Professor John Winthrop, Harvard College’s Hollisian Professor of Mathematics and Philosophy, successfully observed the 1761 transit from Venus Hill, now thought to be somewhere in the vicinity of St. John's (Kenmount Hill?). One of the most memorable images in his report recounts his experience with small but determined coastal fauna: … in order fully to examine and verify the meridian and adjust our clock, we repeated these operations every fair day, and many times in a day; and continued them with an assiduity which the infinite swarms of insects, that were in possession of the hill, were not able to abate, tho’ they persecuted us severely and without intermission, both by day and by night, with their venemous stings; RELATION of a VOYAGE from Boston to Newfoundland, for the Observation of The Transit of VENUS, June 6, 1761 (Boston: Edes & Gill, 1761), p.10. Image courtesy of Specula astronomica minima (©Specula astronomica minima).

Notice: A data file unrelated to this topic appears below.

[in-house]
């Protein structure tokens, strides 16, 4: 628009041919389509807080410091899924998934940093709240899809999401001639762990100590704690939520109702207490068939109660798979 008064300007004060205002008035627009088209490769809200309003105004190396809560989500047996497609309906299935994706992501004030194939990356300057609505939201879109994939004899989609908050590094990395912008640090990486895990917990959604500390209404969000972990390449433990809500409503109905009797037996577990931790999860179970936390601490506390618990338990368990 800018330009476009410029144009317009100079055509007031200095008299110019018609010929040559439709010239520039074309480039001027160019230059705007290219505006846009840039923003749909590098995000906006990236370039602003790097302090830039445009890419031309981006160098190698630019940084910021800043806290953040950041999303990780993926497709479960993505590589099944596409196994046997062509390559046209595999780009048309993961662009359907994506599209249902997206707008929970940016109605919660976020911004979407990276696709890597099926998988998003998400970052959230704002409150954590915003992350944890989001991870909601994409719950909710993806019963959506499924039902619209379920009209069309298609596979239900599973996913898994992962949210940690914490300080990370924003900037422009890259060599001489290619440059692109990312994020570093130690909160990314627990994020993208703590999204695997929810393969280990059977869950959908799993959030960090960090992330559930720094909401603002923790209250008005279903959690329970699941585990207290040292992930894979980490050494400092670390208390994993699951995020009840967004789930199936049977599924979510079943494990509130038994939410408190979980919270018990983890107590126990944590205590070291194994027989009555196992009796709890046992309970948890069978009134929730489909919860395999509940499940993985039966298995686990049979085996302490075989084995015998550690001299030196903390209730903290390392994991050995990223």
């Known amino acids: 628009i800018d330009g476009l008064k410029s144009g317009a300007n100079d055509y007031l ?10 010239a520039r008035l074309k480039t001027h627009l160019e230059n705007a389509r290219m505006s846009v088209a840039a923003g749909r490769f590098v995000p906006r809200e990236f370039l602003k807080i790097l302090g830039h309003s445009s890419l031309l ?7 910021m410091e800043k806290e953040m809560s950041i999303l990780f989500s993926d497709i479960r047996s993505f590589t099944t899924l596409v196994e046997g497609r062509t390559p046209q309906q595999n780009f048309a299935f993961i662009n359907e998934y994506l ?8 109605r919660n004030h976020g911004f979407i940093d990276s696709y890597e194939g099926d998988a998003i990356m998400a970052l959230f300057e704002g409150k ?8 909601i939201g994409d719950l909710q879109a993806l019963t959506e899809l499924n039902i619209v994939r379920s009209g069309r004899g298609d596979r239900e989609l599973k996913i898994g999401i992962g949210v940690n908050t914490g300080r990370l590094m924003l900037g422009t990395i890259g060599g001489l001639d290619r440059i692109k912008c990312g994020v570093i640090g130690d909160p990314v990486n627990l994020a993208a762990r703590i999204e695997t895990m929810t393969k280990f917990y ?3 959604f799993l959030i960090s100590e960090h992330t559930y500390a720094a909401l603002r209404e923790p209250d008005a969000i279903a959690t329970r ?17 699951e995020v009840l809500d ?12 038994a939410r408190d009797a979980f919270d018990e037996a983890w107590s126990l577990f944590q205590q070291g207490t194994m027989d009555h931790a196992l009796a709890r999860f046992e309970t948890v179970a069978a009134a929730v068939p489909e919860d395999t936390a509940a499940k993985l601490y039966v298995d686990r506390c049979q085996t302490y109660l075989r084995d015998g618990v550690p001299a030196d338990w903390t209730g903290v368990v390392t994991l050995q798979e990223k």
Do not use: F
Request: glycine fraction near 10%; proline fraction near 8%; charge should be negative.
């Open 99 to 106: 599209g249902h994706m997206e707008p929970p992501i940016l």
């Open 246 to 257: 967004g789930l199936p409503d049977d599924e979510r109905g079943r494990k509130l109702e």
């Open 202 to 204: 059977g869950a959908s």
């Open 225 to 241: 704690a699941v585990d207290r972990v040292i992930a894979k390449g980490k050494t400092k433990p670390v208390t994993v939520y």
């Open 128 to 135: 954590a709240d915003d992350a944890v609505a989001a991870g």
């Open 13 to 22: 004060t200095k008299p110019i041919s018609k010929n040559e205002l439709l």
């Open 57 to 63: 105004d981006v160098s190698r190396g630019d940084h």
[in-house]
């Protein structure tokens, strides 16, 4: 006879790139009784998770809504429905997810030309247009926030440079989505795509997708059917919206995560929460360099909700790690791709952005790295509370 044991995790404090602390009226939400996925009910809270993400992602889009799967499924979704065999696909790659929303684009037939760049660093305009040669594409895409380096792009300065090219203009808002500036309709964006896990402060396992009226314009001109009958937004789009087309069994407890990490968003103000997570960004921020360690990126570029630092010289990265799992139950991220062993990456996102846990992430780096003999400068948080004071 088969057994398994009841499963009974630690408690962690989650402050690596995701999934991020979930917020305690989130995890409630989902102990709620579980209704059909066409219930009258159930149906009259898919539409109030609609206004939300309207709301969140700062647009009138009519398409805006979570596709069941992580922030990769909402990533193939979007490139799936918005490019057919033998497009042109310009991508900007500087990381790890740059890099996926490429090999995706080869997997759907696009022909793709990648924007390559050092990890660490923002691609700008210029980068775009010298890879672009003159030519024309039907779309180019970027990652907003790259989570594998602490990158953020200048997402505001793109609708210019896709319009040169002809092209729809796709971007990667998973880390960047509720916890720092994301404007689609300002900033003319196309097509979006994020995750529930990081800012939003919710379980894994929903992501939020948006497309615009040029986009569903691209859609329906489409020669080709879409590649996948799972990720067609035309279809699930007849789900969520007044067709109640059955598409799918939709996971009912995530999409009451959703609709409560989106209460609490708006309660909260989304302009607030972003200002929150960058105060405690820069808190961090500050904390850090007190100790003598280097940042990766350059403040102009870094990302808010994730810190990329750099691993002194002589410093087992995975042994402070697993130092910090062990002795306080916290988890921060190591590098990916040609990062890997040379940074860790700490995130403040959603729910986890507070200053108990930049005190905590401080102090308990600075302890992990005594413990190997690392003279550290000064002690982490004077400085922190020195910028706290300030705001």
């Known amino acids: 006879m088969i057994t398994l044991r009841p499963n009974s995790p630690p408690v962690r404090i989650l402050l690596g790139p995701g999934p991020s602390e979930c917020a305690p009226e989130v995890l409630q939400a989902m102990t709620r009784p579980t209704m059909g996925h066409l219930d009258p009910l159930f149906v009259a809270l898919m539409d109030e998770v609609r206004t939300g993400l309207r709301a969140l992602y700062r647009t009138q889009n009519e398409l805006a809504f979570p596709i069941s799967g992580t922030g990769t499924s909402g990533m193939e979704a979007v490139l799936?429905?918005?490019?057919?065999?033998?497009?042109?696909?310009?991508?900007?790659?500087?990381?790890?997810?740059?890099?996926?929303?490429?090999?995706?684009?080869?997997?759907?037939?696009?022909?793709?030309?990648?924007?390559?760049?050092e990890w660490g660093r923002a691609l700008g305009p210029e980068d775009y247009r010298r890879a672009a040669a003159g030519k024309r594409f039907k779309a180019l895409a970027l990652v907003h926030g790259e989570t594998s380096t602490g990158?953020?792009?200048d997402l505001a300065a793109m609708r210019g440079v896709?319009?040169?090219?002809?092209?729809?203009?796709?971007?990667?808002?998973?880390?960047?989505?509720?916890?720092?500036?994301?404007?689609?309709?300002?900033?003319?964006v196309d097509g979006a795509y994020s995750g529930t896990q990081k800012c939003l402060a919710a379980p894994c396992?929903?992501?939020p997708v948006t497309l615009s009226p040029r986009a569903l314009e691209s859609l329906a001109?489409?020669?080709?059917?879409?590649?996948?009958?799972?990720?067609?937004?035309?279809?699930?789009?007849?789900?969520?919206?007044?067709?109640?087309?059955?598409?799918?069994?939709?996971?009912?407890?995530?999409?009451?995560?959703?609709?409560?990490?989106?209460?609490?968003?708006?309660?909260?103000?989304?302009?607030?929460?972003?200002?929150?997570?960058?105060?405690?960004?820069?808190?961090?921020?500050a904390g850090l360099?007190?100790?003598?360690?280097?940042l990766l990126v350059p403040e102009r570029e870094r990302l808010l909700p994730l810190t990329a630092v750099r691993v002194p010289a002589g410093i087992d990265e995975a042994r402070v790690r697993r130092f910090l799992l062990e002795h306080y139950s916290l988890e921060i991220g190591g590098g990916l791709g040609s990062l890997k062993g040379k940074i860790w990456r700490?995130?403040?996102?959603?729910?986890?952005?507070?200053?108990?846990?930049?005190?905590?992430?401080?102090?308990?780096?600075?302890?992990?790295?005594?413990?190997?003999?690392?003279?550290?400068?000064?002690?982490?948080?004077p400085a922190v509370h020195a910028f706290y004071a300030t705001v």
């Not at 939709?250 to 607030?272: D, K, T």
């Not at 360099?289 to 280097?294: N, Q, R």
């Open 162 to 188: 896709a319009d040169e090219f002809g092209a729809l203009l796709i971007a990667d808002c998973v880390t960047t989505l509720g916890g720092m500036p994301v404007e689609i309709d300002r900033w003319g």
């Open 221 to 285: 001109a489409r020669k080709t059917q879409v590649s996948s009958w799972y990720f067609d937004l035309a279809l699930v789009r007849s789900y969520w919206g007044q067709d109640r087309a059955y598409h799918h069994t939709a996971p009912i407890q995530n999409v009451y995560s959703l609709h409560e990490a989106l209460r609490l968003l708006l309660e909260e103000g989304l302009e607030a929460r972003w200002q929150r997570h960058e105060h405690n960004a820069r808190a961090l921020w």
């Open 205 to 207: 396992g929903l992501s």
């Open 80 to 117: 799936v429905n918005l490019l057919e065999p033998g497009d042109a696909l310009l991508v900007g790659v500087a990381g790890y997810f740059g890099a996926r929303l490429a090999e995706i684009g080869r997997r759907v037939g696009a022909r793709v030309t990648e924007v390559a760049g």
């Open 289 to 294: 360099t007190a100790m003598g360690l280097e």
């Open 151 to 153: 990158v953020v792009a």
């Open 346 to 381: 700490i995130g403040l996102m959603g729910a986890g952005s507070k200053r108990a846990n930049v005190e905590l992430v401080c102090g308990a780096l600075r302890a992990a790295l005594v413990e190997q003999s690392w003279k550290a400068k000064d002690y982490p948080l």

Newfoundland 1761 - trials of a June Transit